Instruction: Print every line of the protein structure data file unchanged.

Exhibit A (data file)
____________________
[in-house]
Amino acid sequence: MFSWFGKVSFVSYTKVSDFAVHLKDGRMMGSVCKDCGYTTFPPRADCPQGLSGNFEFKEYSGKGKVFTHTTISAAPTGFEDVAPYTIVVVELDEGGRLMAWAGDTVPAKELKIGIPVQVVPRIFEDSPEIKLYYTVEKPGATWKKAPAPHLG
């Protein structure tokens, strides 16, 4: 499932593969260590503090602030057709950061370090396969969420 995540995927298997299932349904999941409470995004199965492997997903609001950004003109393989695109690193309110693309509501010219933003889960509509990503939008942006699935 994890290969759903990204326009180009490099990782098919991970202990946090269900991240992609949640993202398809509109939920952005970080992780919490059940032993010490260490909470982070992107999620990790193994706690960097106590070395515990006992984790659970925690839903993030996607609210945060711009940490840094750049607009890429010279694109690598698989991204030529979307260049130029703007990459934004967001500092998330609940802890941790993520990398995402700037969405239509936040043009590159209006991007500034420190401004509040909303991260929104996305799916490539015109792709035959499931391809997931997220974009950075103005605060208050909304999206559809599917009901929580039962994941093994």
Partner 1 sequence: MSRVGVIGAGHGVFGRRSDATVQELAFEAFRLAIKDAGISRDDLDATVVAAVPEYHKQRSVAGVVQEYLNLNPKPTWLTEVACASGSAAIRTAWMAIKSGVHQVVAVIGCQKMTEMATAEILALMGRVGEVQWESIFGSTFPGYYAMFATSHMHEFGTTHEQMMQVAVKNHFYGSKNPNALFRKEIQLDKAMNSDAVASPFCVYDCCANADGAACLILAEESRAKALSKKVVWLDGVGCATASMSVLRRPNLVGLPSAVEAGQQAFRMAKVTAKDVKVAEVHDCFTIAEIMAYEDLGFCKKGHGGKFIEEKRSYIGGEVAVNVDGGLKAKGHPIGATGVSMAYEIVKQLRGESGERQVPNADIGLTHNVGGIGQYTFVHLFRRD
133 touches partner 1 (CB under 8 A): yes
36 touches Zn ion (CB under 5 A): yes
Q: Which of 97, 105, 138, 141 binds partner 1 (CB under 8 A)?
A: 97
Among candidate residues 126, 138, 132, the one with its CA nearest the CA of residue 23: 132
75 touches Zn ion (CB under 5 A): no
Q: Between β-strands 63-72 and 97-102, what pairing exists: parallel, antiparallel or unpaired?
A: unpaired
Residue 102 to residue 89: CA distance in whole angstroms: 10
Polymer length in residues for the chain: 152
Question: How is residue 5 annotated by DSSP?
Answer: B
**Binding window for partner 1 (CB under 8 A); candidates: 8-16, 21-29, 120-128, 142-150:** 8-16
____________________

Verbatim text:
[in-house]
Amino acid sequence: MFSWFGKVSFVSYTKVSDFAVHLKDGRMMGSVCKDCGYTTFPPRADCPQGLSGNFEFKEYSGKGKVFTHTTISAAPTGFEDVAPYTIVVVELDEGGRLMAWAGDTVPAKELKIGIPVQVVPRIFEDSPEIKLYYTVEKPGATWKKAPAPHLG
């Protein structure tokens, strides 16, 4: 499932593969260590503090602030057709950061370090396969969420 995540995927298997299932349904999941409470995004199965492997997903609001950004003109393989695109690193309110693309509501010219933003889960509509990503939008942006699935 994890290969759903990204326009180009490099990782098919991970202990946090269900991240992609949640993202398809509109939920952005970080992780919490059940032993010490260490909470982070992107999620990790193994706690960097106590070395515990006992984790659970925690839903993030996607609210945060711009940490840094750049607009890429010279694109690598698989991204030529979307260049130029703007990459934004967001500092998330609940802890941790993520990398995402700037969405239509936040043009590159209006991007500034420190401004509040909303991260929104996305799916490539015109792709035959499931391809997931997220974009950075103005605060208050909304999206559809599917009901929580039962994941093994």
Partner 1 sequence: MSRVGVIGAGHGVFGRRSDATVQELAFEAFRLAIKDAGISRDDLDATVVAAVPEYHKQRSVAGVVQEYLNLNPKPTWLTEVACASGSAAIRTAWMAIKSGVHQVVAVIGCQKMTEMATAEILALMGRVGEVQWESIFGSTFPGYYAMFATSHMHEFGTTHEQMMQVAVKNHFYGSKNPNALFRKEIQLDKAMNSDAVASPFCVYDCCANADGAACLILAEESRAKALSKKVVWLDGVGCATASMSVLRRPNLVGLPSAVEAGQQAFRMAKVTAKDVKVAEVHDCFTIAEIMAYEDLGFCKKGHGGKFIEEKRSYIGGEVAVNVDGGLKAKGHPIGATGVSMAYEIVKQLRGESGERQVPNADIGLTHNVGGIGQYTFVHLFRRD
133 touches partner 1 (CB under 8 A): yes
36 touches Zn ion (CB under 5 A): yes
Q: Which of 97, 105, 138, 141 binds partner 1 (CB under 8 A)?
A: 97
Among candidate residues 126, 138, 132, the one with its CA nearest the CA of residue 23: 132
75 touches Zn ion (CB under 5 A): no
Q: Between β-strands 63-72 and 97-102, what pairing exists: parallel, antiparallel or unpaired?
A: unpaired
Residue 102 to residue 89: CA distance in whole angstroms: 10
Polymer length in residues for the chain: 152
Question: How is residue 5 annotated by DSSP?
Answer: B
**Binding window for partner 1 (CB under 8 A); candidates: 8-16, 21-29, 120-128, 142-150:** 8-16